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Maz/Mrs. Rose Gilbert

 

BAD: Hypomania

I’ll start off by emphasizing that what happened could have been much worse, and it was triggered by something very good. Last Thursday, a wonderful profile was published about me and my work in HuffPost Women.

My head & ego grew ten sizes bigger, but I’ll be honest with you – I loved the positive attention. I’ve been considered a loser for a long time by certain people due to my bipolar disorder, and it felt good to be recognized for my advocacy, running a free women with mood disorders support group, mentioned how helpful Postpartum Support International  is as a resource for moms, etc.

The article was written by parenting expert Dr. Laurie Hollman, and she’s great writer so that was icing on the cake! I was thrilled to get the word out about postpartum bipolar/bipolar, peripartum onset since it’s one of the least-known forms of bipolar disorder!

In case you missed my 500 tweets and my last post mentioning the article link begging you all to look at it, like it and comment, here’s the link:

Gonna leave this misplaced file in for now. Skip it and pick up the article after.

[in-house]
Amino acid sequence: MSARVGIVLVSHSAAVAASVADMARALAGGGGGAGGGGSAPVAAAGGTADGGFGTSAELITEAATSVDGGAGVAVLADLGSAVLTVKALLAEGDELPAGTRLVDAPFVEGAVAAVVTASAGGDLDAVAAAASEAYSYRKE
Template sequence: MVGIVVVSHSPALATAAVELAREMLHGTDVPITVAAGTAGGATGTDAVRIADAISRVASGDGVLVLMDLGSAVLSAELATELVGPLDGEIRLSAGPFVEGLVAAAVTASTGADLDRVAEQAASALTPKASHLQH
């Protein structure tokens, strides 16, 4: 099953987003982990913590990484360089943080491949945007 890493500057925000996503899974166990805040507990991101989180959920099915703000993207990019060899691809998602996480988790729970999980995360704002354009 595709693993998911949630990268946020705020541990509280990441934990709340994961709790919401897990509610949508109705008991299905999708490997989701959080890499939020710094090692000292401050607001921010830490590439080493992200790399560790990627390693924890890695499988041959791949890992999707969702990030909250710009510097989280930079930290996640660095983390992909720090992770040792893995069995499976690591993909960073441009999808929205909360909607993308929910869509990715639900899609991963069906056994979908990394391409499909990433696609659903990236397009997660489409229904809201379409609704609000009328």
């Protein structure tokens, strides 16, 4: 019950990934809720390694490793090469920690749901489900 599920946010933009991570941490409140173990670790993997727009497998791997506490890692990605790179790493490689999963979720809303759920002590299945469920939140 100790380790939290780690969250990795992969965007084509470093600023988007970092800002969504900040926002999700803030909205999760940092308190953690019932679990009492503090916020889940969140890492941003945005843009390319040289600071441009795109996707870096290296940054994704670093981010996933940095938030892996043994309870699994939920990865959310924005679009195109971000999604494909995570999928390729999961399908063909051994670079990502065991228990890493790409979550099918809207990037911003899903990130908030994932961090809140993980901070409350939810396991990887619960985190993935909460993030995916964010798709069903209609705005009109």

http://www.huffingtonpost.com/laurie-hollman-phd/a-successful-working-moth_b_8980628.html

Huffington Post is weird because as far as I can tell, one must use Facebook to “like”, share and comment about articles. Up to last weekend, I took a six-month-long Facebook break, and I was very proud about that. It was good for me because it felt healthy, and I got my social media fix from Twitter. 

Last weekend I borrowed my husband’s Facebook account to reply to a few comments. Understandably, he wanted me to quit using his account/identity, so I bit the bullet and reactivated my Facebook account. I returned to my wicked ways and reconnected with a bunch of Facebook friends.

I stayed in front of my screen far too long every day since I wanted to promote the HuffPost Women article while it was still relatively new. All the stimulation and excitement of having a wonderful article “out there” kicked my brain into hypomanic-overdrive. I wasn’t sleeping enough, and I was all over the place.